Upper House election night, 2010. All over the country people are watching television and waiting to see if there will be an upset as the results from polling stations slowly trickle in.

Suddenly there’s a cut to newsreader Shunji Miyagawa in what appears to be a special live broadcast: “In news just to hand,” Miyagawa says, “we can confirm that first-time, independent candidate, Jiro Shirato, has secured a seat.”

Photos of Shirato and his rival running for a seat in the House of Councilors flash on the screen.

Oh, but wait. That’s odd. The Shirato photo is of a snow-white dog …

By this point, millions of TV viewers are likely to have cottoned on to what was happening — since it wasn’t just any dog that was staring out at them, looking resplendent in a straw hat but slightly uncomfortable about all the attention his “election victory” had sparked.

In fact, the new canine councilor was the dog usually known as Otosan (Father), the unlikely patriarch of an otherwise normal human family and the star of one of the most successful advertising campaigns Japan has ever seen.

Yes, this faux “live” broadcast, which aired on multiple channels to coincide with coverage of the real election results that night, was in fact the latest in a long-running series of TV commercials for mobile-phone provider SoftBank.

And indeed, Otosan’s dabble in politics was just the latest in a series of adventures he had embarked on with the inevitably half-hearted support of his wife Masako (played by Kanako Higuchi), daughter Aya (Aya Ueto) and black Western son Kojiro (Dante Carver).

Since the June 2007 launch of the first “Shirato Family” commercial — as the ads are known, from the dog’s surname — the still immensely popular series has now reached its 133rd episode, and its contribution to SoftBank’s rise from absolute newcomer in the mobile-phone business in 2006 to now being poised to surpass KDDI’s au as the nation’s second-largest carrier, has been immense. (NTT DoCoMo is No. 1)

SoftBank’s head of marketing, Tatsuro Kurisaka, wouldn’t put a precise figure on the value of Otosan to the company — which is officially known as SoftBank Mobile — but he did say that the ad series’ ratio of cost to value would be in the realms of “1:20, or 1:30.”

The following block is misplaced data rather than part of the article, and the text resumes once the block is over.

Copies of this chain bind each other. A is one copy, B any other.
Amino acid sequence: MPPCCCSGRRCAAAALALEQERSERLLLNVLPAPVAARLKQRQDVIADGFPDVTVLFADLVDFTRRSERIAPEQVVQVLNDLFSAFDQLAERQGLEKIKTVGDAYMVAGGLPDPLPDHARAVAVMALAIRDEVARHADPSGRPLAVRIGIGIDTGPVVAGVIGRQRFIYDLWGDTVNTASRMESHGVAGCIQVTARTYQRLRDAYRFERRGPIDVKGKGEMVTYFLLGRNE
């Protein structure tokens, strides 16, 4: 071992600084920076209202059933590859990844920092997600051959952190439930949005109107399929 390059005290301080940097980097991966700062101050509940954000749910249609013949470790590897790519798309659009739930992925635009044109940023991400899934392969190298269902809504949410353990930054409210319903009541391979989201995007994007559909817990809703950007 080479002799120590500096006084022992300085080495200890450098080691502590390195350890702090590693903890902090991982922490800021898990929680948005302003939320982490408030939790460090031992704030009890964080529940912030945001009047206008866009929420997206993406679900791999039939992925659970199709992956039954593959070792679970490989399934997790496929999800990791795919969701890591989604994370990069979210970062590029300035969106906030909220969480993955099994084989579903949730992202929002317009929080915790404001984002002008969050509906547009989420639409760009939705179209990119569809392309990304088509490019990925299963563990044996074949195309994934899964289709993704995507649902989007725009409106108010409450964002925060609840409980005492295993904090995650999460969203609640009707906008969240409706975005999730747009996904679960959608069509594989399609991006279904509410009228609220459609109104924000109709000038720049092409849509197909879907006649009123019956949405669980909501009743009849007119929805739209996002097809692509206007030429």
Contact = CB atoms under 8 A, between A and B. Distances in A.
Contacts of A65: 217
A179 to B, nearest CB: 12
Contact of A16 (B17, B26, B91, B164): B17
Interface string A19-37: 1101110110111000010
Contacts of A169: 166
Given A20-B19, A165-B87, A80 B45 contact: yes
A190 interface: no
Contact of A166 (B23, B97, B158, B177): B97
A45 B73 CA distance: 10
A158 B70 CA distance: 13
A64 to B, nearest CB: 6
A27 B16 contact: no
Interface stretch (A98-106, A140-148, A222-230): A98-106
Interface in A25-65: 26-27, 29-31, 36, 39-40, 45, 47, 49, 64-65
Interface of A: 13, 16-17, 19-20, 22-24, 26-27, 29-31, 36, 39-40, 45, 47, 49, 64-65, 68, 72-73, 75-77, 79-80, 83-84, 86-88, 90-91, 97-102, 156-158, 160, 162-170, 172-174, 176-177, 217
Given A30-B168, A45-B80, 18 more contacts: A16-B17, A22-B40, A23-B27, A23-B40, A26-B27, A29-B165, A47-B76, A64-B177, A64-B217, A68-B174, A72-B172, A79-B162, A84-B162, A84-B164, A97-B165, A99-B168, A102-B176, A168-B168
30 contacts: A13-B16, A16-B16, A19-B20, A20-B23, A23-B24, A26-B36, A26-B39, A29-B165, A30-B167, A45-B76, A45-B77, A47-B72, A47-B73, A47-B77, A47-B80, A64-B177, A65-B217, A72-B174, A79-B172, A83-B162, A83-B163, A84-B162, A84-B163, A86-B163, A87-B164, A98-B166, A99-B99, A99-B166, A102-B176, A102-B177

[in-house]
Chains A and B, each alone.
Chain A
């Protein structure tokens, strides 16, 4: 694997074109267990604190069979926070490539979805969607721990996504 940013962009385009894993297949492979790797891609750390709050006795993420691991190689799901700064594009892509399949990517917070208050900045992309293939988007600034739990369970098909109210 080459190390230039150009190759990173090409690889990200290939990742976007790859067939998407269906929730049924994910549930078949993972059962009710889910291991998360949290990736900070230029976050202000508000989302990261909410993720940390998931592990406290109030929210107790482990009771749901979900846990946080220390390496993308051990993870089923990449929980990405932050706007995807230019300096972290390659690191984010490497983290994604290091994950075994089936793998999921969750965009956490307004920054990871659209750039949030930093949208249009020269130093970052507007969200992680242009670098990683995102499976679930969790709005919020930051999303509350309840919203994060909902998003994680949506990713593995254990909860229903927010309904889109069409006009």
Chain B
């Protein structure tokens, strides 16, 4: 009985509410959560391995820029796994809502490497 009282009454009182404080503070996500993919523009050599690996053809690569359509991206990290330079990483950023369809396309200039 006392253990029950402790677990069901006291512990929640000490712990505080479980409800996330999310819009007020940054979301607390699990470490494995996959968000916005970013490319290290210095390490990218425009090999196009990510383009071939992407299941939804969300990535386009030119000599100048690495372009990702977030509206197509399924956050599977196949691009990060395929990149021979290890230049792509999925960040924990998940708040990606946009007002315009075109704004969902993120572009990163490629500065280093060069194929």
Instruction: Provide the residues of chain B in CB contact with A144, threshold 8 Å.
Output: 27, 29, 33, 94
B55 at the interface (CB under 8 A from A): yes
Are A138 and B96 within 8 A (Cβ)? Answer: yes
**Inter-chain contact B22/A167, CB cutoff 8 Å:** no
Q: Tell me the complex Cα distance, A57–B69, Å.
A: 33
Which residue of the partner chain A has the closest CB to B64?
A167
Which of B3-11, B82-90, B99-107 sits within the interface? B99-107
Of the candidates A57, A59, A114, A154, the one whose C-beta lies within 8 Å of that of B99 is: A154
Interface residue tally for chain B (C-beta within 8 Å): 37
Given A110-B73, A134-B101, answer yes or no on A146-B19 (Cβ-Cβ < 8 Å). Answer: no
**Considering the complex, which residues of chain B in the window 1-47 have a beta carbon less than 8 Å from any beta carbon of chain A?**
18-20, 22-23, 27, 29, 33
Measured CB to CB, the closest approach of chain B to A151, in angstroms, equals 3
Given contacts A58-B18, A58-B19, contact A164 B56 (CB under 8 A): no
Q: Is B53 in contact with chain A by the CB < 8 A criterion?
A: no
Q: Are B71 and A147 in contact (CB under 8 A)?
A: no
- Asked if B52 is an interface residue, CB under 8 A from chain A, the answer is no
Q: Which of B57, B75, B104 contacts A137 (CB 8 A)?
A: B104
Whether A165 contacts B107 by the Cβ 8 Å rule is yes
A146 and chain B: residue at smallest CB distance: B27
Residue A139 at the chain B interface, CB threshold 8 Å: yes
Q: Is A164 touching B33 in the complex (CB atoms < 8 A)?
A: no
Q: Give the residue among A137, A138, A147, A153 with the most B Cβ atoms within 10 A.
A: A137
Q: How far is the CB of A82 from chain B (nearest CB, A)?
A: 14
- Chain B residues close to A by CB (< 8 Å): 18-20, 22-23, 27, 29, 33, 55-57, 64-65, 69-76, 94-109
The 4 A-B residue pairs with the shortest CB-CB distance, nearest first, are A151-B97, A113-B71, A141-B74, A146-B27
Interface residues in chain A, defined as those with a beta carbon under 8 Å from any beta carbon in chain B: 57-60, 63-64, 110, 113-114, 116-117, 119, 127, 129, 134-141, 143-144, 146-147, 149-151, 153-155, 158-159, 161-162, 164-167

If so, that’s seriously impressive. Akiko Sekido, from Tokyo-based advertising analysis firm CM Research Center, said such figures are “top class.” In fact, she explained, they are all the more remarkable in view of the fact that corporate Japan has, in recent years, changed tactics to focus less on simply barraging people with ads and more on the cost-effectiveness of each campaign.

But that’s not the only indicator of Otosan’s success.

CM Research Center conducts monthly surveys of 3,000 randomly selected adults, asking them to identify TV commercials they liked that month. SoftBank’s “Otosan” ads have topped most of those polls for the last five years — so earning the center’s “Brand of the Year” accolade every year from 2007 through 2011.

“No other series of ads has come close to achieving that level of popularity,” said Sekido.

If there are any “newshounds” among our readers, it’s likely they are now wagging their tales in delight at the celebrity of one of their ilk. But perhaps they are also tilting their heads to one side in that endearingly confused doggy expression, thinking: Why a dog? And why just one dog, in a family that is otherwise all human?

Otosan himself can be said to have three fathers: Creative director Hiroshi Sasaki; TV commercial planner Yoshimitsu Sawamoto; and SoftBank’s well-known president, Masayoshi Son — the value of whose input the two full-time ad men readily acknowledge.